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The Opec headquarters in Vienna. Opec’s meeting comes against a background of ample global crude supplies, according to both the group and International Energy Agency. Image Credit: AFP

Abu Dhabi: Further output cuts by Opec could be in the offing in the face of weekly slides in oil prices as a result of US-China trade tensions, analysts said.

Oil prices saw another overall fall in prices last week, with Brent closing at $58.53 and West Texas Intermediate on $54.50, down 5.4 per cent and 2 per cent respectively. The downward trend in prices saw reports emerging saying that Saudi Arabia was contacting other Opec producers to discuss how to stop the slide in prices, with Friday’s oil prices going up slightly on speculation of a possible new round in output cuts.

“The oil market is hugely volatile and dynamic at the moment with the main factor in the driving seat being the concern about a trade war with the US and China,” said Edward Bell, commodity analyst, Global Markets and Treasury, Emirates NBD. “We have a few weeks to go before this new higher tariff rate comes in covering pretty much all goods between China and the US, which could lead to slower economic growth and Chinese retaliation,” he added.

Bell said Opec’s response could come in the form of either further output cuts or putting pressure on producers to abide by their output cut agreements.

“There has been news of Saudi Arabia trying to bring other producers to try and take action. The measures that are available to them is to decrease production or to encourage others to hit their targets that were agreed to in previous output cuts. Beyond that there is very little much else that can be done.”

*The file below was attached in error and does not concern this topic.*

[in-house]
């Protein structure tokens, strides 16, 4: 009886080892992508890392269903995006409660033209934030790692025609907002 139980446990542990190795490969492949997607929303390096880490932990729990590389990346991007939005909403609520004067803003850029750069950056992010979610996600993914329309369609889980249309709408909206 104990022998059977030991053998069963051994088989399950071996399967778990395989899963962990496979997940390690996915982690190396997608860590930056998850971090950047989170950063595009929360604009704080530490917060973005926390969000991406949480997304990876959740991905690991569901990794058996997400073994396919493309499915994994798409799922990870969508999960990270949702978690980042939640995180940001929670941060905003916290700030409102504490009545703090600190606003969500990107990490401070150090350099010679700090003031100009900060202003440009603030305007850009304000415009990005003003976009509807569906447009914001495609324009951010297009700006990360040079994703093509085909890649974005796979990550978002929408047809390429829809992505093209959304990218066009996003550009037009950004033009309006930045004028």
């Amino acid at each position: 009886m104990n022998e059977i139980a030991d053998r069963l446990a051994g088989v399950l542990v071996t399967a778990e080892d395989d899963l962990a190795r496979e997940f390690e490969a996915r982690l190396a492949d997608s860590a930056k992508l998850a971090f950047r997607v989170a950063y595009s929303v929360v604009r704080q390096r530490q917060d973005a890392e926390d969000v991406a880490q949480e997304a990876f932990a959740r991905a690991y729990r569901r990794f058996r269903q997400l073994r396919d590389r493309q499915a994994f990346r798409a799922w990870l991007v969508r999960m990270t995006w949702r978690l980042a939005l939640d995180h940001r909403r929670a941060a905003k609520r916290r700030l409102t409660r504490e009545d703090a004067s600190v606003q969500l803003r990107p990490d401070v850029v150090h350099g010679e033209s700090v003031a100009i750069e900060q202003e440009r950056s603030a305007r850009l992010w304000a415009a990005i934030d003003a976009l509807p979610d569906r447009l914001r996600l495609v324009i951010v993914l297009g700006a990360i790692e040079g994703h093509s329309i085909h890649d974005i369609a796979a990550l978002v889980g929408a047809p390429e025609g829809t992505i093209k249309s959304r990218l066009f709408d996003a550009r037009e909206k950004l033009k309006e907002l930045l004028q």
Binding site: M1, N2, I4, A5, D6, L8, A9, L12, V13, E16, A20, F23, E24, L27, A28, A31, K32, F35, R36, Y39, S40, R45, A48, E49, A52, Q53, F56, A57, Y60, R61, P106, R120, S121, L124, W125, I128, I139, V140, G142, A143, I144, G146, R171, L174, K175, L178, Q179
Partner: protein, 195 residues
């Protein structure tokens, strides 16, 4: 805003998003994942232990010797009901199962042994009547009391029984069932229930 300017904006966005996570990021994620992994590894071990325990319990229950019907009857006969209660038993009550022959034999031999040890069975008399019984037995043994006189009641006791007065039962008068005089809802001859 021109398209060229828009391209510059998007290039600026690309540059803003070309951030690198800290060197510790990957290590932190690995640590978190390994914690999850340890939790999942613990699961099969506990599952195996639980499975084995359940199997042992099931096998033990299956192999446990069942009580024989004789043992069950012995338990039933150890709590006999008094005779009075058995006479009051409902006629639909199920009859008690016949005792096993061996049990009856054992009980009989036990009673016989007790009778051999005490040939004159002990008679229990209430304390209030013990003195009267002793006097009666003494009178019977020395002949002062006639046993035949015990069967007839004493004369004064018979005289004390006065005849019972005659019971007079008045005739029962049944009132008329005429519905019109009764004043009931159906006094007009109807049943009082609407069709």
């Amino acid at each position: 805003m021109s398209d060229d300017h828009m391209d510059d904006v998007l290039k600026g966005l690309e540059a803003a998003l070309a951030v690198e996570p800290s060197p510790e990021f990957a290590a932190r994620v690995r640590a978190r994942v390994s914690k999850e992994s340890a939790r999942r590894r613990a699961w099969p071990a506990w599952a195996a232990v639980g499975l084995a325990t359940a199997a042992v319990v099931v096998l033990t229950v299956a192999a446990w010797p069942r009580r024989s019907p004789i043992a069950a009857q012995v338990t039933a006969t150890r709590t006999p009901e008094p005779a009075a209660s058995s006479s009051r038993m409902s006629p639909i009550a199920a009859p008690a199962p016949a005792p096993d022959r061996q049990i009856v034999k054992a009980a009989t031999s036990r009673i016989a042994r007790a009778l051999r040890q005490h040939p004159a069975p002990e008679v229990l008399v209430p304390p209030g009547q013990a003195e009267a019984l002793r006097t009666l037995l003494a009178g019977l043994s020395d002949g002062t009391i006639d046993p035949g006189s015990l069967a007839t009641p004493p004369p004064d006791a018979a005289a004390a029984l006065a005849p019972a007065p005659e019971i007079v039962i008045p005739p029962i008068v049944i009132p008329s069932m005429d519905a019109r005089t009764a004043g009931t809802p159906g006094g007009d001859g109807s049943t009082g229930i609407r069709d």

Bjørnar Tonhaugen, chief oil market analyst at Rystad Energy, said that oil demand could go down by 100,000-200,000 bpd should Trump’s new tariffs come into effect in September.

“Trump’s new round of tariffs points now even more substantial downside risk to our demand outlook and will likely worsen third quarter 2019 and fourth quarter 2019 balances by 100,000 bpd and 200,000 bpd respectively as demand growth won’t likely recover to 1.3-1.4 million bpd in 2H 19 as previously anticipated.”

Tonhaugen also added that global demand for oil could offset positive news such as weekly falls in US rig counts, which fell again on Friday down from 770 to 764.

“We believe that over the coming the four weeks, we will see continued draws in US crude oil inventories to the tune of around 5 million barrels per week, which is larger than the normal seasonal draws for this time of year.

“The larger draws we expect are driven by higher seasonal crude demand and low net imports of crude. If these stock draws occur, they might support crude prices in the coming weeks,” he added.

“However, concerns about the outlook for global demand in the market could turn out to outweigh this short term positive effect on crude prices,” he said.

Tonhaugen’s assessment was backed by the International Energy Agency’s (IEA) monthly report on Friday, which also cut back on its own outlook for global oil demand in 2019 and 2020.

“Growth estimates for 2019 and 2020 have been revised down by 0.1 bpd to 1.1 bpd and 1.3 bpd, respectively,” the IEA said.

“There have been minor upward revisions to baseline data for 2018 and 2019 but our total number for 2019 demand is unchanged at 100.4 bpd, incorporating a modest upgrade to our estimate for 1Q19 offset by a decrease for 3Q19. The outlook is fragile with a greater likelihood of a downward revision than an upward one,” the report added.